To investigate the RI response of the proposed fiber laser refractometer, a series of RI liquid samples are prepared by diluting the NaCl standard solution (PST007A, PHYGENE) with deionized water, the concentrations of the RI samples are increased from 0 mol/L to 0.1 mol/L with a corresponding RI range of 1.33302∼1.33402 at temperature of 26 °C [24]. The RI samples are injected into the microfluidic device by syringes, and then collected by a liquid pool after flowing through the sensor element. Before the sensing element is inserted into the ring cavity, the transmission spectra of the MMF-assisted OMZI are measured at different concentrations, as shown in Fig. 9(a), and the relationship between the notch wavelength at 1566.329 nm and the SRI by linear fitting is shown in Fig. 9(b). As the NaCl concentration increasing, the transmission spectra drift to short wavelength. The RI sensitivity can reach 3062.857 nm/RIU during 1.33302∼1.33402, which is close to the simulation result of 2892.333 nm/RIU. The sensitivity difference about 5% between the experiment and the simulation may be due to the subtle difference of geometric parameters and material properties between the ideal simulation model and the actual fabricated structure.

 figure: Fig. 9.

Fig. 9. (a) Transmission spectra of the MMF-assisted OMZI at different concentrations. (b) Linear fitting result of the relationship between notch wavelength and SRI.

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After 30 mins warm-up for the pump source, the RI experiment of FRL is carried out. In the experiment, each RI sample is measured five times with an interval of 1 minute, and the output laser spectra are recorded by OSA. Figure 10 shows the measured output laser spectrum evolution of the fiber laser refractometer at different concentrations. The measured results of the center wavelength changing with time at different concentrations are shown in Fig. 11. With the increasing of the concentration of NaCl solution, the center wavelength of output laser drifts to short wavelength, and the peak power remains stable relatively. Because the absorption loss caused by the increase of NaCl concentration, can be compensated by the erbium fiber working in the saturated gain state, the output laser has regular wavelength drift rather than obvious power fluctuation. The insert of Fig. 11 gives the peak wavelength (black) and the peak power (blue) change of the measured output laser in response to concentrations, the NaCl concentration sensitivity is −29.578 nm/mol·L−1 during the range of 0 mol·L−1∼0.1 mol·L−1. The linear fitting result with error bars of the relationship between laser center wavelength and SRI are shown in Fig. 12. During the SRI range of 1.33302∼1.33402, an average RI sensitivity of −2953.444 nm/RIU is achieved, which is higher than that of the traditional fiber laser refractometer without open microcavity [2527]. The measurement range is limited to a relatively small range of 0.001, which covers most of RI measurement requirements in biochemical and food fields. At the same time, the measurement range is also helpful for stable laser output operation. Furthermore, the output lasers at the minimum and maximum of measurement range are monitored, which operate at 1559.527 nm and 1556.577 nm, respectively, during half an hour to examine the stability of single-wavelength oscillation. The repeated scanning spectra of the output laser are shown in Fig. 13. It can be observed that the center wavelength and peak power of the output laser keep unchanged without observable fluctuations. Therefore, the single-wavelength fiber laser refractometer with high sensitivity and stability are achieved. In addition, due to the small dispersion-coefficients difference between the optical fiber and the NaCl solution, the RI measurement is not affected by the dispersion, which adopts the static wavelength demodulation method by OSA.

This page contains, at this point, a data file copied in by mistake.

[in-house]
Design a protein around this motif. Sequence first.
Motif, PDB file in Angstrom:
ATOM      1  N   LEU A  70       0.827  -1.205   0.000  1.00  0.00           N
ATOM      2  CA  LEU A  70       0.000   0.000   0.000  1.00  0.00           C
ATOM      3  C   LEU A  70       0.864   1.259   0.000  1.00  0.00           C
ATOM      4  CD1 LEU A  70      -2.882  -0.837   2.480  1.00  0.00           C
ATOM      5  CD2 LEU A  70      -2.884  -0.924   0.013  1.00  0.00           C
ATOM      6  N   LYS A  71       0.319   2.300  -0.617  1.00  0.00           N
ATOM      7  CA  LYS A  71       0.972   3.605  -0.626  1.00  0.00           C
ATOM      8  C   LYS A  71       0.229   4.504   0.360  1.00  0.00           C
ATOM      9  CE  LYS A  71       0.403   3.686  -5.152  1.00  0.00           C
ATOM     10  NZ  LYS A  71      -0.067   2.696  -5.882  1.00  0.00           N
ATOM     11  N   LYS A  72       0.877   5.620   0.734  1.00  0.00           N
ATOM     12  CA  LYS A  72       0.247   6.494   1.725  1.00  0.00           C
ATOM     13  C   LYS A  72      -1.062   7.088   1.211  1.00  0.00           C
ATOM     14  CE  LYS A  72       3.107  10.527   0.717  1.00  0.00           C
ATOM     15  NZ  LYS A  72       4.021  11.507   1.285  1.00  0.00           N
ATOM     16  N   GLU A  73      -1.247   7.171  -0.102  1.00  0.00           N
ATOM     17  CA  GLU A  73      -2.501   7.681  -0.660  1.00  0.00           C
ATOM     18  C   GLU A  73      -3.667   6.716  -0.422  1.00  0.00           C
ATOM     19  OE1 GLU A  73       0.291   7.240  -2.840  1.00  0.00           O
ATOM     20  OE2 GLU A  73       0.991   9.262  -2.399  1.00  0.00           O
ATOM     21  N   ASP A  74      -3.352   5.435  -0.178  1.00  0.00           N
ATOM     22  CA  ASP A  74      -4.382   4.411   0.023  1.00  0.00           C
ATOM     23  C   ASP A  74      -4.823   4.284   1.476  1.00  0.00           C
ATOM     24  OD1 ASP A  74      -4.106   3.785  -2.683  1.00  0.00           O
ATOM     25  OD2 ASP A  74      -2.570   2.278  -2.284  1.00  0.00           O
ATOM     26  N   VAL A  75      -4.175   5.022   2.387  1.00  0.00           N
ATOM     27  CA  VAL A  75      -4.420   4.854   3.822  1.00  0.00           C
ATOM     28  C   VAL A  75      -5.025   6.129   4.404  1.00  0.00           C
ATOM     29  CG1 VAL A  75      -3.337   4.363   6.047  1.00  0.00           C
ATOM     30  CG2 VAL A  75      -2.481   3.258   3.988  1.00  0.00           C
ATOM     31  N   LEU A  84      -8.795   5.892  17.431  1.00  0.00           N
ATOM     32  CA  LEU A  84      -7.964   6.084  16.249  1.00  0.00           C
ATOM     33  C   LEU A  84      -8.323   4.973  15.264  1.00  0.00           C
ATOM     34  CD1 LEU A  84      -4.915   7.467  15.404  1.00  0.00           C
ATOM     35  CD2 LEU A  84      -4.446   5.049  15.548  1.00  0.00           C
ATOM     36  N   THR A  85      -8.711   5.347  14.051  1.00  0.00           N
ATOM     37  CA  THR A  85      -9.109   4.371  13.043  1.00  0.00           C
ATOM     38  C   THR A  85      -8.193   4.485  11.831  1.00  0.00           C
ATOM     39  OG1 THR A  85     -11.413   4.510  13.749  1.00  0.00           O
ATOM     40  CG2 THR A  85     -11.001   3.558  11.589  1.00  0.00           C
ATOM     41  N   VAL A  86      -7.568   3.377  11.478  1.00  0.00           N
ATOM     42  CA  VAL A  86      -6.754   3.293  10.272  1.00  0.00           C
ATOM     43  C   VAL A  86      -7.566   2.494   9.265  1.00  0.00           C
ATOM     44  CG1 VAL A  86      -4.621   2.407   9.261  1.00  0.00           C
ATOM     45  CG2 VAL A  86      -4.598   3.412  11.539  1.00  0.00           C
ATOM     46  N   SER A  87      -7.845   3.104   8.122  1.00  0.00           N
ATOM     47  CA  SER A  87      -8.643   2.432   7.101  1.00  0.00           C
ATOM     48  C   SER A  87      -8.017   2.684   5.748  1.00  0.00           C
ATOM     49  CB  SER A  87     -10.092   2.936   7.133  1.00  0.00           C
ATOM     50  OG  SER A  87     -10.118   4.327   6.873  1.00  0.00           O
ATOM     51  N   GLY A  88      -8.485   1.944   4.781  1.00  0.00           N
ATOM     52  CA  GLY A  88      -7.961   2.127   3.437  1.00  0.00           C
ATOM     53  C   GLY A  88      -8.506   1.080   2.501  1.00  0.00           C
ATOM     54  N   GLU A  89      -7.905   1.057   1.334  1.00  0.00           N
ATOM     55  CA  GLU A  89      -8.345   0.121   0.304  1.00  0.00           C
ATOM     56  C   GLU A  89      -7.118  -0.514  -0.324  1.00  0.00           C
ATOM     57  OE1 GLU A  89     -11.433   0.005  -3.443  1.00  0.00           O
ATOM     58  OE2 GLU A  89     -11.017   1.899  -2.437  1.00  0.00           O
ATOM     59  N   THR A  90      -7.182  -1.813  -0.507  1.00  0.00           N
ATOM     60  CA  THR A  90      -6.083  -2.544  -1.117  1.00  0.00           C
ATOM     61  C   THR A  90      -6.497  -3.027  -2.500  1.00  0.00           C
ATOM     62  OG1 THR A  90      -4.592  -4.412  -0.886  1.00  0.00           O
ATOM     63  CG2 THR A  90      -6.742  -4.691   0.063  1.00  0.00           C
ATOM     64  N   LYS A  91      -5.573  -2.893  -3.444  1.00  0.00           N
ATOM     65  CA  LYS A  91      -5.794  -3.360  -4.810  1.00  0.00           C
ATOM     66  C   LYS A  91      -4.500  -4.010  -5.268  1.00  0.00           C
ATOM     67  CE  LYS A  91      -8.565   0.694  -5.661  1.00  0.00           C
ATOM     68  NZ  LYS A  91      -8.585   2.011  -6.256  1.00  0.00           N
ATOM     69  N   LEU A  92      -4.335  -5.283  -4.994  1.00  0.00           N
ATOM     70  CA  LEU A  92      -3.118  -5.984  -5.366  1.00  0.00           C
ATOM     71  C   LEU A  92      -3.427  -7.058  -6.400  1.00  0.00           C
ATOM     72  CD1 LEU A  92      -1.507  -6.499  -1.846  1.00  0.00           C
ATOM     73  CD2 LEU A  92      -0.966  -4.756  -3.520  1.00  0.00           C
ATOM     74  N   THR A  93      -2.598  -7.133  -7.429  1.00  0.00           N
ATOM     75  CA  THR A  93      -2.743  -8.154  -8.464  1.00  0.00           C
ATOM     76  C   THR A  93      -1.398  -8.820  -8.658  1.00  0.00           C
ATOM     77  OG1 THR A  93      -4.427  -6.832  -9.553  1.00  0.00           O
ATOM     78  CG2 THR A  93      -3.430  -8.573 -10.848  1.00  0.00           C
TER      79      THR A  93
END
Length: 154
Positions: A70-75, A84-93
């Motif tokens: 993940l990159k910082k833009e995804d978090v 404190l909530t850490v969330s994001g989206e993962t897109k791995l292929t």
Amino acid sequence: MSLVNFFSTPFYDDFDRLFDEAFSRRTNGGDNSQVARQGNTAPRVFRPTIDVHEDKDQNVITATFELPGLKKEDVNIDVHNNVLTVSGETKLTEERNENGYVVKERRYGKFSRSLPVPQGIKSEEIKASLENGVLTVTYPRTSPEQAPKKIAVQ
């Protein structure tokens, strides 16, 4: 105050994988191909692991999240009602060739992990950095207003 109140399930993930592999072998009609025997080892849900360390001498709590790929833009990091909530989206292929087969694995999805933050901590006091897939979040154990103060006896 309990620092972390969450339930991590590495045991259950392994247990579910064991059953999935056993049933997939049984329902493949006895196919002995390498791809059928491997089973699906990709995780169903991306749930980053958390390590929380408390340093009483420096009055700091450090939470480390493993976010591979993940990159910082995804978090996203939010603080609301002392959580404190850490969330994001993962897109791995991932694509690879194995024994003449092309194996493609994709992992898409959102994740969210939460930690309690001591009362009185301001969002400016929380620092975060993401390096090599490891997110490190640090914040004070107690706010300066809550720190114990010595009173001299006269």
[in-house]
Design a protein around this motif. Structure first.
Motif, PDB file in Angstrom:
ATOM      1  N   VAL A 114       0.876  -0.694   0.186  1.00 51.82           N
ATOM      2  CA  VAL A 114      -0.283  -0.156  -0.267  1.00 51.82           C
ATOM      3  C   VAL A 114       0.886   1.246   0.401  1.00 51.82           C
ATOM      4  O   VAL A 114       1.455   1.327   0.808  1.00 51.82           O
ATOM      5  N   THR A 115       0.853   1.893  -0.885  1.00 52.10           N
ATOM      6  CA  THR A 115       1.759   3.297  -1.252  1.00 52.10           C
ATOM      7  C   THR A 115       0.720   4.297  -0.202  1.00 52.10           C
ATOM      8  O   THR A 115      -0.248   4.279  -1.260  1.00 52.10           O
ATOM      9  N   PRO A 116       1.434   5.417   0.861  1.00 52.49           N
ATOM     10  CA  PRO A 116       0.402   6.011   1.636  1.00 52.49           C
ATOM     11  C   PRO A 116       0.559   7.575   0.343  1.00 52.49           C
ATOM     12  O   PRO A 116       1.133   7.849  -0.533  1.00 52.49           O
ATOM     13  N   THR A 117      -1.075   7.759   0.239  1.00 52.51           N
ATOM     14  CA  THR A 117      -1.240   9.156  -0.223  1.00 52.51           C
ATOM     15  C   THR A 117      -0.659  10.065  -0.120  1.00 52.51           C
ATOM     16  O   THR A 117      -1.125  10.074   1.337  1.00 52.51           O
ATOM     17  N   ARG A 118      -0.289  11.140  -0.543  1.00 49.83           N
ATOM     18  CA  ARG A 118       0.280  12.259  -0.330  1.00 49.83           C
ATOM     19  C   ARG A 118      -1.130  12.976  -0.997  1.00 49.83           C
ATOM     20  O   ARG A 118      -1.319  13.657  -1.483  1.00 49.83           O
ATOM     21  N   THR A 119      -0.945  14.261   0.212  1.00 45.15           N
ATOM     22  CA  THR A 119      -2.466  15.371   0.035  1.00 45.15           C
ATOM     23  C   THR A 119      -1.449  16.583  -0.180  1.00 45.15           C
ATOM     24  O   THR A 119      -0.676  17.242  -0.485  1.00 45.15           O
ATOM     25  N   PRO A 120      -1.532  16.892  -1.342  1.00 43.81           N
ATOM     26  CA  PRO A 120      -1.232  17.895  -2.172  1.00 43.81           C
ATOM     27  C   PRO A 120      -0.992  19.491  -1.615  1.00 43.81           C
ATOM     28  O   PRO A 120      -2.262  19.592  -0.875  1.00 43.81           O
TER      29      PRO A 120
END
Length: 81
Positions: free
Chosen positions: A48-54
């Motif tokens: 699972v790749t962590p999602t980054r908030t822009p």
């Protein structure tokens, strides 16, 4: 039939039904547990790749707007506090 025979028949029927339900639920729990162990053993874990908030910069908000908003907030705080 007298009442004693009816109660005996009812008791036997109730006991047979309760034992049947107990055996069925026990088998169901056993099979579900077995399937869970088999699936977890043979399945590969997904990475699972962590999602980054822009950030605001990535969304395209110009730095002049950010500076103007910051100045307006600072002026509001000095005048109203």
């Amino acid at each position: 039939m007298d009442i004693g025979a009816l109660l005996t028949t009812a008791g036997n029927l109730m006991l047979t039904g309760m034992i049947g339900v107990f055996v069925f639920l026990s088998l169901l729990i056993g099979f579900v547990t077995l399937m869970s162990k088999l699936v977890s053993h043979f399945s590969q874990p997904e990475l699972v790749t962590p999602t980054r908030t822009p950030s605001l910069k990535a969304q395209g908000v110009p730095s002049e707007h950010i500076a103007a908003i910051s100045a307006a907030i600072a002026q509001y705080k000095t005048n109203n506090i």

figure: Fig. 10.

Fig. 10. Measured output laser spectrum evolution of the fiber laser refractometer at different concentrations.

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 figure: Fig. 11.

Fig. 11. Measured results of the center wavelength changing with time at different concentrations. Insert: The peak wavelength (black) and the peak power (blue) change of the measured output laser in response to concentrations.